Sahrbeck also noted that Maine has a related program called deferred dispositions that addresses some of the same problems as diversion. Sahrbeck explained that these deferred dispositions, which are known in Massachusetts as continuations without a finding, allow the defendant to plead guilty and “take responsibility for [the offense] but then if they get through their probationary period, the conviction will be dismissed from their record.”

Last month, the Muskie School of Public Service at the University of Maine published a report that describes how deferred dispositions are used across the state.

In northern New England, Vermont is an outlier. The state’s Attorney General does collect basic data about diversion services, including the number of people that enter and complete diversion in each county every year. This data is publicly reported to the General Assembly, and was most recently submitted on January 5th.

But Derek Miodownik, Restorative and Community Justice Executive at the Vermont Department of Corrections, says that even though Vermont’s programs generate a lot of data, there is still room for improvement.

Miodownik breaks down Vermont’s data into three types – describing how much programs do, how well they do it, and how much better off people are as a result.

“I’d say that we generate a lot of data about ‘how much,’ but we really don’t have a system per se that quantifies the ‘how well’ and the ‘better off’ measures. That’s probably the single biggest priority among our 18 community justice centers. We need that systemic capacity,” he says.


Achieving their mission

Several national organizations are helping local diversion programs address this type of issue. In 2015, NAPSA and the National Institute of Corrections published a guide suggesting a wide range of data measures that diversion programs could focus on to measure their performance and demonstrate their value to the public. The Center for Effective Public Policy, a Maryland-based think tank, has also published guidance for diversion programs on what data to collect.

While experts agree that more rigorous data collection is needed in many states, they also caution against prescribing one-size-fits-all solutions.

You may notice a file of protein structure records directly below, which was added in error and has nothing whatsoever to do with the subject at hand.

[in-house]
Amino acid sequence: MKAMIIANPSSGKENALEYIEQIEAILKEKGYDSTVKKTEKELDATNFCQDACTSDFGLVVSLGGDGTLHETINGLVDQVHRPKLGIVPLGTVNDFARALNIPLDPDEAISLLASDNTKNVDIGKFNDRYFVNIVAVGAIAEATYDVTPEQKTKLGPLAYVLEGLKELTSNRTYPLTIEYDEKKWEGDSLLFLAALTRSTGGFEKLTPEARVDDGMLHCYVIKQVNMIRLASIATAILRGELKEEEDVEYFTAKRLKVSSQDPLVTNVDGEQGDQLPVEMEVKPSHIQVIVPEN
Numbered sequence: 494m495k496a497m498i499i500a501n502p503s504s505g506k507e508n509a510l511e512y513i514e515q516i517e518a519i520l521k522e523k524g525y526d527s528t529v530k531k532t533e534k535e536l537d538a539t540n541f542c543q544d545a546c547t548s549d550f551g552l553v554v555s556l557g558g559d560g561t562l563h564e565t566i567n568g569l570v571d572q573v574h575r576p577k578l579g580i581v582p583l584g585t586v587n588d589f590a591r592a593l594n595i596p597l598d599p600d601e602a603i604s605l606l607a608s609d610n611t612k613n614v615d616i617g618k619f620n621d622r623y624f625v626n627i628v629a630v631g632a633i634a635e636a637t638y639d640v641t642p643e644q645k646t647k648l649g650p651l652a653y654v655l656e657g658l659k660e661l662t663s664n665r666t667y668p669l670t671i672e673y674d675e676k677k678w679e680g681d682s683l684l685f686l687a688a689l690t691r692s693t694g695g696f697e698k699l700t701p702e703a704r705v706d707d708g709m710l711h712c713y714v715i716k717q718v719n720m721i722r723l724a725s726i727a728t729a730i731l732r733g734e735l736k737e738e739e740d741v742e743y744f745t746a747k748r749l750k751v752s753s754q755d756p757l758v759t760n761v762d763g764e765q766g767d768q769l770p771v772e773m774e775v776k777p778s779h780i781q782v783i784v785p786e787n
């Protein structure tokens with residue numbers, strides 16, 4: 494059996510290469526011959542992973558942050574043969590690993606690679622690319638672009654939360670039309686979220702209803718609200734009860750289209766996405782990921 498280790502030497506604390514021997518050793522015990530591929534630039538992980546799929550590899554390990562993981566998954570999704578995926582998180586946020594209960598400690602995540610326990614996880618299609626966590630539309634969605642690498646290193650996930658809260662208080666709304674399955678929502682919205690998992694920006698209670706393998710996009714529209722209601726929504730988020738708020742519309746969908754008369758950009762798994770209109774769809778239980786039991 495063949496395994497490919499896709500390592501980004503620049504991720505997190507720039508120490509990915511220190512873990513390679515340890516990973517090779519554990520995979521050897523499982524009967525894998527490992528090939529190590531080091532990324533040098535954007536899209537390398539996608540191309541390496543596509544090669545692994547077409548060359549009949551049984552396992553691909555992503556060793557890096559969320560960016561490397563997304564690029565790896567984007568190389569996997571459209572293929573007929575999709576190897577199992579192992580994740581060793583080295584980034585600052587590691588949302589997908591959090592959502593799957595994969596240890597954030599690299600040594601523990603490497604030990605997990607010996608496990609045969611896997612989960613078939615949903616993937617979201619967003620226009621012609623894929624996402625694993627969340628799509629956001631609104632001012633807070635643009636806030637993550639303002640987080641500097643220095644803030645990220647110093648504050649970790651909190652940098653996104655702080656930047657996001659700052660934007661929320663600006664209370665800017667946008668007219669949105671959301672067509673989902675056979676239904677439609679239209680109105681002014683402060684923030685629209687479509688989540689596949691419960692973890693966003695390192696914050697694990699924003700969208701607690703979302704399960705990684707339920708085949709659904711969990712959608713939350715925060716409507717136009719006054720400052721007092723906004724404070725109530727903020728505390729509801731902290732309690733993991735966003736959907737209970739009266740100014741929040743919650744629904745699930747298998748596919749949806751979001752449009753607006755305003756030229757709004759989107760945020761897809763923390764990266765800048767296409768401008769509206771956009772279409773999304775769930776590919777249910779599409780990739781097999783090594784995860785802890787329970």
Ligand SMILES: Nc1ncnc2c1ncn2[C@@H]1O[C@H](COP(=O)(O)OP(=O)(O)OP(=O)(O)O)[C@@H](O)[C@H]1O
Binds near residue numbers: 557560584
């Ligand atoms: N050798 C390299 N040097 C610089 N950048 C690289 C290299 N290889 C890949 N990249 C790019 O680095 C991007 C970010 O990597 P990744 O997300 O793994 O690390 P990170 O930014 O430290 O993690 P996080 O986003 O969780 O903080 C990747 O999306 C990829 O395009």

“That idea of being able to identify effectiveness is really, really a complex question,” says Mary West-Smith, a Professor of Criminology at the University of Northern Colorado. “A lot of it depends on what the goals are.”

For example, many programs – like those in the NH Diversion Network – focus on reducing crime. So recidivism becomes the standard outcome variable, even though this may be too narrow to accurately measure diversion’s impact.

“It’s a really clumsy measure,” West-Smith says.

Instead, she says the focus shouldn’t be on whether someone re-offends, but on whether their level of offense is going down over time – for example, dropping from delinquency to a violation-level offense.

“Are they [getting worse] or are they [getting better] in terms of their offending? That is actually a much more interesting question to ask,” West-Smith says.

This is especially true because programs today are offering an increasingly broad range of services under the banner of diversion.

According to Mark C. Stafford, Professor of Criminology at Texas State, the ever-growing list of services associated with diversion has caused a lot of confusion over the last forty years about what “diversion” actually means – and this confusion is only getting worse.

As a result, he says that systematically assessing diversion programs today is difficult, if not impossible.

Experts agree the solution to this problem is more careful and rigorous research.

“We absolutely need more research into this stuff,” West-Smith says. “We really need to identify what are those program components that seem to be most effective.”

Until then, in New Hampshire and in many other states around the country, NAPSA warns that programs will struggle to achieve their mission, improve their business decisions, and illustrate pretrial diversion’s value to the public.


This article is part of a multiyear project exploring race and equity in New Hampshire produced by the partners of The Granite State News Collaborative. For more information visit Articles in this series are being published as a public service for NHBA members to keep them informed of important issues in the state. Any opinions discussed in these articles are those of the author, and not those of the NHBA.